Tips and tricks for AWS SSM Parameter Store with confd

If there issues in the config templates or perhaps you are referencing non existing keys, confd will fail with an error and your container won’t start.Export dotenv to environment variablesIf you application relies on environment variables you can still generate a dotenv file and export the variables with a simple command before starting the application.export $(cat .env | xargs)Using confd for more complex filesConfd is not limited to create only dotenv files, it can handle more complex data types it can loop through keys, you can use filters on the keys or values..In the linked repository above there is an example on creating a yaml file by looping through all keys under /client-api/database.database:{{- range gets "/client-api/database/*"}} {{ .Key | base }}: {{.Value}}{{- end}}Which will result in:database: password: p@ssw0rd user: clientFinal thoughtsAWS SSM parameter store makes it very easy to store and version parameters and secrets..You can of course set up your own etcd or consul, but once you are in the AWS ecosystem you can save some time if you use their solution.Setting variables with the AWS CLI is simple, but doesn’t scale too well compared to confd..The CLI also takes up much more space, which might not be a problem if you are running on virtual machines but if you are using containers you probably want to keep them small..Check out the github repo above, it builds two images based on alpine linux, one with the CLI and one with confd..The confd binary is less than 6MB whereas for the AWS CLI you need python and it takes about a 100MB more space.REPOSITORY TAG SIZEssm-confd_confd latest 10.8MBssm-confd_awscli latest 110MBWith confd you can write as complex configuration files as you want or can just stick with a basic dotenv, it’s up to you..It’s a very handy tool at a platform engineer’s toolkit and couple with SSM it makes your life a lot easier to deploy to different environments.. More details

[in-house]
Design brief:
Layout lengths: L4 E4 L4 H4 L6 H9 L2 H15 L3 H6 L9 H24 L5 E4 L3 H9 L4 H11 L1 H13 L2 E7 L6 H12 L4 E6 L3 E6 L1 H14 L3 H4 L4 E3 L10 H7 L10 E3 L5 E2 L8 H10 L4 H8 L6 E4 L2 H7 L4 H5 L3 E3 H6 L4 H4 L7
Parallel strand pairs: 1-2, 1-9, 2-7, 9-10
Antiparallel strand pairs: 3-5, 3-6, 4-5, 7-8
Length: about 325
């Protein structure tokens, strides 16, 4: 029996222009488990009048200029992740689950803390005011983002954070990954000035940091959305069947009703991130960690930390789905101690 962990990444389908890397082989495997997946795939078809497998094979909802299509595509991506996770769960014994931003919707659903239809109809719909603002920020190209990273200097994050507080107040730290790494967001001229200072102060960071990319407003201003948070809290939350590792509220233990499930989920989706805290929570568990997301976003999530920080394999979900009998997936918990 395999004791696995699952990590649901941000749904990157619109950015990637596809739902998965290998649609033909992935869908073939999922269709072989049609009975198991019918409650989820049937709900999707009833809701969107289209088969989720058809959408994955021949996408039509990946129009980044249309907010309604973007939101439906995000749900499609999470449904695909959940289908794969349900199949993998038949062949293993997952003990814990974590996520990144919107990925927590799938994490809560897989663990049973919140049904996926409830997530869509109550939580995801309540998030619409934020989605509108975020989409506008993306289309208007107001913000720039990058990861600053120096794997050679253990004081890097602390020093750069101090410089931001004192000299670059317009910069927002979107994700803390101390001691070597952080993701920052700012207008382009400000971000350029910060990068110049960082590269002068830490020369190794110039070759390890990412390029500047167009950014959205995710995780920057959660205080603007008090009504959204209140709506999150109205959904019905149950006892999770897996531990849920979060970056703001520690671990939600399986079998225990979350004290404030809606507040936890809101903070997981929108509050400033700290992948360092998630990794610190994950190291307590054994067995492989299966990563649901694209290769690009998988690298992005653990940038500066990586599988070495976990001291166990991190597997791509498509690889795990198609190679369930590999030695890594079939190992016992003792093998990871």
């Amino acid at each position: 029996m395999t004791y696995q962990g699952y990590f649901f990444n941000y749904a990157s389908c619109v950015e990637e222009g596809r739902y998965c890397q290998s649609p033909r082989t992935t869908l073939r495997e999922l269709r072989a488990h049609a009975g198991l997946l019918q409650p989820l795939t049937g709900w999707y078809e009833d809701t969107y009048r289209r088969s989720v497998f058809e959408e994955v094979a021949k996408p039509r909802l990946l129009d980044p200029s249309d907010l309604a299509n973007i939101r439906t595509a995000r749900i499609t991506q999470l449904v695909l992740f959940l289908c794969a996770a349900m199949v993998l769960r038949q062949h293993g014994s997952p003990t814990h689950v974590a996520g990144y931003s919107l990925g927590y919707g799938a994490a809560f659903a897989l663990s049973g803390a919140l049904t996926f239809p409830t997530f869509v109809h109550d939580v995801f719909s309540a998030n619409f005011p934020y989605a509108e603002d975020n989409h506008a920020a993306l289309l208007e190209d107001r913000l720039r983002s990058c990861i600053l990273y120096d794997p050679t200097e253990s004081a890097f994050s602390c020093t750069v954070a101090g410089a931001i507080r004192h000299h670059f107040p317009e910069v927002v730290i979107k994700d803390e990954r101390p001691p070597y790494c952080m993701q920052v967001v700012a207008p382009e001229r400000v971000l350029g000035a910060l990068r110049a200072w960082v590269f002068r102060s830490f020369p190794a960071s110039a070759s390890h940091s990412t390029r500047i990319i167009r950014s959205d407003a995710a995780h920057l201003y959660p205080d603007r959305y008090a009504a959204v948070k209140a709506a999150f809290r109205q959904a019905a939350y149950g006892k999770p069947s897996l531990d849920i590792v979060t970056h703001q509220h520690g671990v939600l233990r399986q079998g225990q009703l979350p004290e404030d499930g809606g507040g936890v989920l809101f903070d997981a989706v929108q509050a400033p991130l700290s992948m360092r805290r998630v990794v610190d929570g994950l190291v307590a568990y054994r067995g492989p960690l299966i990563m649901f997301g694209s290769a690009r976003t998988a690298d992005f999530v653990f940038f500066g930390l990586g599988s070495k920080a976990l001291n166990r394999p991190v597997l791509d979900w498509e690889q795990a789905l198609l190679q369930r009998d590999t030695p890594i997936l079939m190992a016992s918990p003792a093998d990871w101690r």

Leave a Reply